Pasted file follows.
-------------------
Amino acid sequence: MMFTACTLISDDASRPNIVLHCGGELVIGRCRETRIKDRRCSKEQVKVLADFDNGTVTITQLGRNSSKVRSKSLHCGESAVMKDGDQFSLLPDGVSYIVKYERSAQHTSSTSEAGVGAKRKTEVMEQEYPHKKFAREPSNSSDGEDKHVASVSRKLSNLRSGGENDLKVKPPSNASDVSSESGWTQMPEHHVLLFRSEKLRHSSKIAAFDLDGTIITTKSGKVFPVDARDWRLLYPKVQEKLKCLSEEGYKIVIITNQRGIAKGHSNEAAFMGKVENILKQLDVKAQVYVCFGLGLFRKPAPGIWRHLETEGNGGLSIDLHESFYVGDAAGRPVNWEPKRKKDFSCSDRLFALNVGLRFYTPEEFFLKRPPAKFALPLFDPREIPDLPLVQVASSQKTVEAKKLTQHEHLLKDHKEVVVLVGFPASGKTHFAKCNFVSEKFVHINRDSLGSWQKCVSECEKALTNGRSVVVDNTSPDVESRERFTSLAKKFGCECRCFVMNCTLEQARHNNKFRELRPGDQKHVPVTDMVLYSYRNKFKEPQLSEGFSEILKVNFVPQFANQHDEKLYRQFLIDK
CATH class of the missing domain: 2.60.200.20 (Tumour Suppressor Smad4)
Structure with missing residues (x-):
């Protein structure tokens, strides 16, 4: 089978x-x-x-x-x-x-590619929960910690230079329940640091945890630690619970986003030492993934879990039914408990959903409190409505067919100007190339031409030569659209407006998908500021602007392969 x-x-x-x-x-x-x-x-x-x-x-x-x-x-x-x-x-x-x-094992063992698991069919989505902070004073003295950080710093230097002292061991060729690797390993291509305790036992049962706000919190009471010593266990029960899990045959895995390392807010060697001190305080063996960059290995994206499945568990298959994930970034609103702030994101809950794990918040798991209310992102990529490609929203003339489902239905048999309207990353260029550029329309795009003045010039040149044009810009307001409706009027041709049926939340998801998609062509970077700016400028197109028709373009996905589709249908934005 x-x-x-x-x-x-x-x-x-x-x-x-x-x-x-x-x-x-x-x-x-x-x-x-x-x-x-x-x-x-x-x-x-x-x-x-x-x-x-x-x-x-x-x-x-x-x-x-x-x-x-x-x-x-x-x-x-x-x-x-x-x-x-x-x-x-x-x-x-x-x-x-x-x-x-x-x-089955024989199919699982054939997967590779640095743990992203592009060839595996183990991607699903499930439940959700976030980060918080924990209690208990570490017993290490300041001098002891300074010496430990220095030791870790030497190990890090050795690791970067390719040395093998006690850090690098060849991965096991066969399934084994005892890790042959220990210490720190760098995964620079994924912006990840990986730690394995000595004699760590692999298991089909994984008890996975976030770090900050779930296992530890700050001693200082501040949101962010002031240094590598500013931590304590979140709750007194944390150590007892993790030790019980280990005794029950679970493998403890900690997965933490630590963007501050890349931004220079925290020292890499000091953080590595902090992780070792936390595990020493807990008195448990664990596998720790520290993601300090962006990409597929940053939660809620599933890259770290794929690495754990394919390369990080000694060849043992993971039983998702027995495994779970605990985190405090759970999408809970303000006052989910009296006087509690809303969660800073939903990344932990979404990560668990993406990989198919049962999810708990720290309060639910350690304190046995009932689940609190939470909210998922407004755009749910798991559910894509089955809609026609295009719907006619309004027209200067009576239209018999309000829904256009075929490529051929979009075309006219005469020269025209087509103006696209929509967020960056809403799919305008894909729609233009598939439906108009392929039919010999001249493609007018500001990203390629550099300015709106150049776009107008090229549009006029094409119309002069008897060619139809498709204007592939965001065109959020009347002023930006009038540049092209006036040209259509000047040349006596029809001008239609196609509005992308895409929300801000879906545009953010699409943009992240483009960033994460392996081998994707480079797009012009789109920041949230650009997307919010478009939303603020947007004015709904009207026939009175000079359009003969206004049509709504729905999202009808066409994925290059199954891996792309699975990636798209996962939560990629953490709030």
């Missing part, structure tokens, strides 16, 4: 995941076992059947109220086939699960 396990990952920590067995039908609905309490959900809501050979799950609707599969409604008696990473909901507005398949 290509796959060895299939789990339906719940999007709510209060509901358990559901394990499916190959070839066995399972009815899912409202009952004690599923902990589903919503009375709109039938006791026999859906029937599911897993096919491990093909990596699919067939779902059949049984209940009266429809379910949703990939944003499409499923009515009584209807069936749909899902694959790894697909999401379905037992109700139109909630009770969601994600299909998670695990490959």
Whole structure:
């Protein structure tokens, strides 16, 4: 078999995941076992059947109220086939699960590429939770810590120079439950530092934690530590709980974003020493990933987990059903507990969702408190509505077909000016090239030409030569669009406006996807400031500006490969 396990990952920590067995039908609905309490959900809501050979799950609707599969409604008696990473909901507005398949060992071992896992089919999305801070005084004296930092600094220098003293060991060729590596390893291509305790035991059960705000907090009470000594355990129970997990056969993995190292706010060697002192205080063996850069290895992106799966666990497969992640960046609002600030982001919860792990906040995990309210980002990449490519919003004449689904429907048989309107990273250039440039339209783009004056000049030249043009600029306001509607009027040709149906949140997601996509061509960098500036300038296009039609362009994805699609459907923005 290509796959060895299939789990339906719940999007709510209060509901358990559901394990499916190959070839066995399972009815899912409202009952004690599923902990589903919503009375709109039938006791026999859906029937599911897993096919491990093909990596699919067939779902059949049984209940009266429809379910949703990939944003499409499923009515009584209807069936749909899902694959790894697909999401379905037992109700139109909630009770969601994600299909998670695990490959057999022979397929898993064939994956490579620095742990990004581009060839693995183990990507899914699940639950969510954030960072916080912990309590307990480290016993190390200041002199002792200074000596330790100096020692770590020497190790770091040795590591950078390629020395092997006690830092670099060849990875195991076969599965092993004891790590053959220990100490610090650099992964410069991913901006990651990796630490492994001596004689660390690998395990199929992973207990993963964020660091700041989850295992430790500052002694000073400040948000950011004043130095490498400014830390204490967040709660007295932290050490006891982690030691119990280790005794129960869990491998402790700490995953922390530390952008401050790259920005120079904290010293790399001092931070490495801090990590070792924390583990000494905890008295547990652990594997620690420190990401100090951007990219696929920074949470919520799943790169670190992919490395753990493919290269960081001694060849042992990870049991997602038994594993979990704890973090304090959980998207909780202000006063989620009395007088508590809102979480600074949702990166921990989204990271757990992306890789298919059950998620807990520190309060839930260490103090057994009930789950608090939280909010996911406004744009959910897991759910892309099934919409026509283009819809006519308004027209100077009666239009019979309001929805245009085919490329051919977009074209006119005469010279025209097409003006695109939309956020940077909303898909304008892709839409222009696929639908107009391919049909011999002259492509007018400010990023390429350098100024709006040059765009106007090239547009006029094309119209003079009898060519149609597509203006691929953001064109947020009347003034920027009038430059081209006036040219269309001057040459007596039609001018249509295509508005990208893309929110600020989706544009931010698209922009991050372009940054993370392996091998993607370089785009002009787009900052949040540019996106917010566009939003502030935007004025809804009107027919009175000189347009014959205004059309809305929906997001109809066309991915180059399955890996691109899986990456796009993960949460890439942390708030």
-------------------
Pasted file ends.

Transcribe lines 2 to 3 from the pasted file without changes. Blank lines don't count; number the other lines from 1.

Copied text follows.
CATH class of the missing domain: 2.60.200.20 (Tumour Suppressor Smad4)
Structure with missing residues (x-):